WikiLeaks' Source For Afghan War Logs Unclear
WikiLeaks founder Julian Assange refused to comment Monday to a packed room of reporters in London about who provided his website with nearly 92,000 U.S. government documents detailing the war in Afghanistan.
Relating to previous leaks, Assange has said his website does not investigate the identities of those coming forward as whistleblowers.
We'll have to wait and see if the source of this leak exhibits more intelligence than the soldier who has claimed to have provided WikiLeaks with the “Collateral Murder” video. The 39-minute-long video clip from July 2007 shows three U.S. airstrikes in Baghdad that killed two Reuters reporters, wounded two children inside a van and killed several innocent women and children inside a building.
Army intelligence analyst PFC Bradley Manning allegedly confessed in May via instant messaging to a computer hacker-turned reporter and priest that he was the one who leaked the video footage.
The reporter, Adrian Lamo, said Manning never explicitly asked for confidentiality, and Lamo felt compelled to pass on Manning's confession to the Army Criminal Investigation Command. A few days later, Manning was arrested and taken to a prison in Kuwait. His case is expected to go in front of the Army's version of a criminal grand jury before the end of the summer, and the charges against him could result in 52 years in prison.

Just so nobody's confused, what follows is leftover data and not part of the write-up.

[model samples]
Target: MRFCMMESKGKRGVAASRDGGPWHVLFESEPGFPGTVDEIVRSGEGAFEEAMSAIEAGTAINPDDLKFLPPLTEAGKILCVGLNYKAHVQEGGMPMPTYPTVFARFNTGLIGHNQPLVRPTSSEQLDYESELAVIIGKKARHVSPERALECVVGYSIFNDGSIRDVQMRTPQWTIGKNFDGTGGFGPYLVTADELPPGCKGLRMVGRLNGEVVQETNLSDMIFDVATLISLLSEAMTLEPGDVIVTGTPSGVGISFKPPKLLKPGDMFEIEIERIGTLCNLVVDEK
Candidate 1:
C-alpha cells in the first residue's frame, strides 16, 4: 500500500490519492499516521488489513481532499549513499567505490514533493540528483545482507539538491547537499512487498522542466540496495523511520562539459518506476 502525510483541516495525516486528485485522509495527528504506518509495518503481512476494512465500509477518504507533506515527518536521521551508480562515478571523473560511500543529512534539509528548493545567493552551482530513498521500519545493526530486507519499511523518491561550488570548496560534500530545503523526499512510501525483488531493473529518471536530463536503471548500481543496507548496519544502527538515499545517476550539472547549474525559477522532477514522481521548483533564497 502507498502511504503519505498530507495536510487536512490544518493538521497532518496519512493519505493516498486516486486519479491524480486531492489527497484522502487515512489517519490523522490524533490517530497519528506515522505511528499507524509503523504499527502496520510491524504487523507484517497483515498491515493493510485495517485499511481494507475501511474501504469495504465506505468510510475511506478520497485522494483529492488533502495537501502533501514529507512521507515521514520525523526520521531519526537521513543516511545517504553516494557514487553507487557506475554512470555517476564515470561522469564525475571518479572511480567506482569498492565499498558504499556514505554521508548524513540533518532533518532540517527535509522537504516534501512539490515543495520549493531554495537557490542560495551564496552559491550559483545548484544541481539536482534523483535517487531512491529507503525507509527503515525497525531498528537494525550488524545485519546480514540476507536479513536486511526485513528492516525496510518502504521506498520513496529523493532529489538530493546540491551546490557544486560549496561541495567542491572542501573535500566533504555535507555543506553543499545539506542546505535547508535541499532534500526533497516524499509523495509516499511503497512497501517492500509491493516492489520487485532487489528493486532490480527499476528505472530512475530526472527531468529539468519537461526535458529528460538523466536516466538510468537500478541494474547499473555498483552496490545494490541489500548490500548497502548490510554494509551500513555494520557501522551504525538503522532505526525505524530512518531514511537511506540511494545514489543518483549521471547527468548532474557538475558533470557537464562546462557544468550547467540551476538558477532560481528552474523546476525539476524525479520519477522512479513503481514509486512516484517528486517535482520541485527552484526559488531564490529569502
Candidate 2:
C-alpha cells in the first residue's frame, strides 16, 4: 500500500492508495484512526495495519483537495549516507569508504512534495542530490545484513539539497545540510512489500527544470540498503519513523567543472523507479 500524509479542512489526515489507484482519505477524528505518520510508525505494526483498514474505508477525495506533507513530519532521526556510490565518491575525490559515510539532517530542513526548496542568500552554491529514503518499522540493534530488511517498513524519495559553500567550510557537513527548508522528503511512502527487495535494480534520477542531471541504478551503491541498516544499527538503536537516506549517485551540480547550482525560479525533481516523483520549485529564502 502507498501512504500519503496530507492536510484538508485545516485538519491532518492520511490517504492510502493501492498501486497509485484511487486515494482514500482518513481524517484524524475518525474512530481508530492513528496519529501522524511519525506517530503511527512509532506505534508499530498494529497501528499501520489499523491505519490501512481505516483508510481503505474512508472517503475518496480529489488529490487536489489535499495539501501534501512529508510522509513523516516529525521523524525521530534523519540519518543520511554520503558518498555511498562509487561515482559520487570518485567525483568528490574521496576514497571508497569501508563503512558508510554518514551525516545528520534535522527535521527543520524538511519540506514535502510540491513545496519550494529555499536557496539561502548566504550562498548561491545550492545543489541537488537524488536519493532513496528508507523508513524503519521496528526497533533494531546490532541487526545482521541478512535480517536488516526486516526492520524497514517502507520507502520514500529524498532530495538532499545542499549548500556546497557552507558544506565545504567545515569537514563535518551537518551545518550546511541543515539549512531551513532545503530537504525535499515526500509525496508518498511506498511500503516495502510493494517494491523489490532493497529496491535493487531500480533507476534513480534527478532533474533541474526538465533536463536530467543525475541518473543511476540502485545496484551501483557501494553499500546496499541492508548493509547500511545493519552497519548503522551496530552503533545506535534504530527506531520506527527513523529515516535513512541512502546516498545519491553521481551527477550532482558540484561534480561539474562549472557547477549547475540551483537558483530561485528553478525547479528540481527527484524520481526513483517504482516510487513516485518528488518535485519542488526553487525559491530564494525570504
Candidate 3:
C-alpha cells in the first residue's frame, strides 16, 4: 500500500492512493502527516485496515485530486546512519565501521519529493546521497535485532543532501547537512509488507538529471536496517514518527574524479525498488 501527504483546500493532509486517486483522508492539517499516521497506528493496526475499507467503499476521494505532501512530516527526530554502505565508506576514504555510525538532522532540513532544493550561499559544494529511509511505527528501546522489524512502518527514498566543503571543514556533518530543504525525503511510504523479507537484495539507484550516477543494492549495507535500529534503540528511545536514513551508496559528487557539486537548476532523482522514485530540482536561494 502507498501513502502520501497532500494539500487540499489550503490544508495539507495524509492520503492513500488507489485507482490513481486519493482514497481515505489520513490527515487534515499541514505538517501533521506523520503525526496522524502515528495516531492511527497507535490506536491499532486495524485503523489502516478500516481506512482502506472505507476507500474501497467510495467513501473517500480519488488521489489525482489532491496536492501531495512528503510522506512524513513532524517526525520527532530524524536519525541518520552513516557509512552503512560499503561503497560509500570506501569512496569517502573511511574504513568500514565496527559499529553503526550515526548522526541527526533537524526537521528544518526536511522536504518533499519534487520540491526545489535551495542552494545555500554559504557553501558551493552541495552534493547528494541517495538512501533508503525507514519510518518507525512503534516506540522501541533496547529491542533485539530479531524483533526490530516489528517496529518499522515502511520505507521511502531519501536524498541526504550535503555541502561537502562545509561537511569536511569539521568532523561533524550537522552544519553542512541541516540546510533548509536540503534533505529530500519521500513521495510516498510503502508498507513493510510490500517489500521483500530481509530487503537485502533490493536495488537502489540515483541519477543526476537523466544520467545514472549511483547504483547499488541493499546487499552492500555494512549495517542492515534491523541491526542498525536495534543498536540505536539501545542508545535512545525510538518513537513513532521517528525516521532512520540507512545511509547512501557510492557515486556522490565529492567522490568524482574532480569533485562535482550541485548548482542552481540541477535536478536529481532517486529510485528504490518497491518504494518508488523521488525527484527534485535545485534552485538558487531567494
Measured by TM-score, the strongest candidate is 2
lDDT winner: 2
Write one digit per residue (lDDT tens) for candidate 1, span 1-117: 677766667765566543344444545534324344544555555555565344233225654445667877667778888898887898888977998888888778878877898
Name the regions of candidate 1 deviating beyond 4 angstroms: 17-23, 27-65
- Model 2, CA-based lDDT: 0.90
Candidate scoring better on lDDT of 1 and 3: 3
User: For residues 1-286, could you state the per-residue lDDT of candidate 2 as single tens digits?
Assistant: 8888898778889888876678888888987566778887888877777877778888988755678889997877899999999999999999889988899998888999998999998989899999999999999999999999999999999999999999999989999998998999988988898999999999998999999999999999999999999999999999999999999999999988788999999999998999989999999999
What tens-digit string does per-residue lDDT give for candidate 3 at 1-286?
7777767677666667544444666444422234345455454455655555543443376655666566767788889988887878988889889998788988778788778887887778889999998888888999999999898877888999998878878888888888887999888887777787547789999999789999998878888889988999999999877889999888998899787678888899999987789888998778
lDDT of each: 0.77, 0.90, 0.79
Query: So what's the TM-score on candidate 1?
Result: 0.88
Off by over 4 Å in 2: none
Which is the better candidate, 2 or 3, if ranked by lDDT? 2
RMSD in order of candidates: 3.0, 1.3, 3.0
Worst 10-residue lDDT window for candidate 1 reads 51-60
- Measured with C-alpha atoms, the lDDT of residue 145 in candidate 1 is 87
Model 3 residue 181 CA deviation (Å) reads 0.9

A group has been formed to help Manning see the light of day again.
Whether or not Manning was the source of the information about the War in Afghanistan is unclear. Though he mentions in the chat that he provided WikiLeaks with 250,000 diplomatic wires, he makes no mention of the illustrative accounts of the war.
If there's a new whistleblower somewhere in the ranks of the American Armed Forces, will he or she learn a lesson from Manning's mistakes?
The Army has a stated position of making an example out of those like Manning who break rules. As the Manning case continues to unfold, the Army hopes to dissuade others from considering similar acts. At the same time, disillusioned soldiers may see it as their calling to leak information about war crimes and other transgressions overseas. For some, it could be a chance to stick it to their superiors and point out flaws in a highly-disciplined system.
At least the U.S. government can be thankful that the 76,000 documents are being released to the Western media and not to enemies abroad. The New York Times and the two other news outlets to which the documents were released put everything they had been given through extreme vetting. And WikiLeaks still has its hands on another 15,000 unreleased documents that it is making sure pose no threat to national security before putting them into the public domain. After all, the documents are better in Assange's hands than in those of Pakistan's Inter-Services Intelligence.
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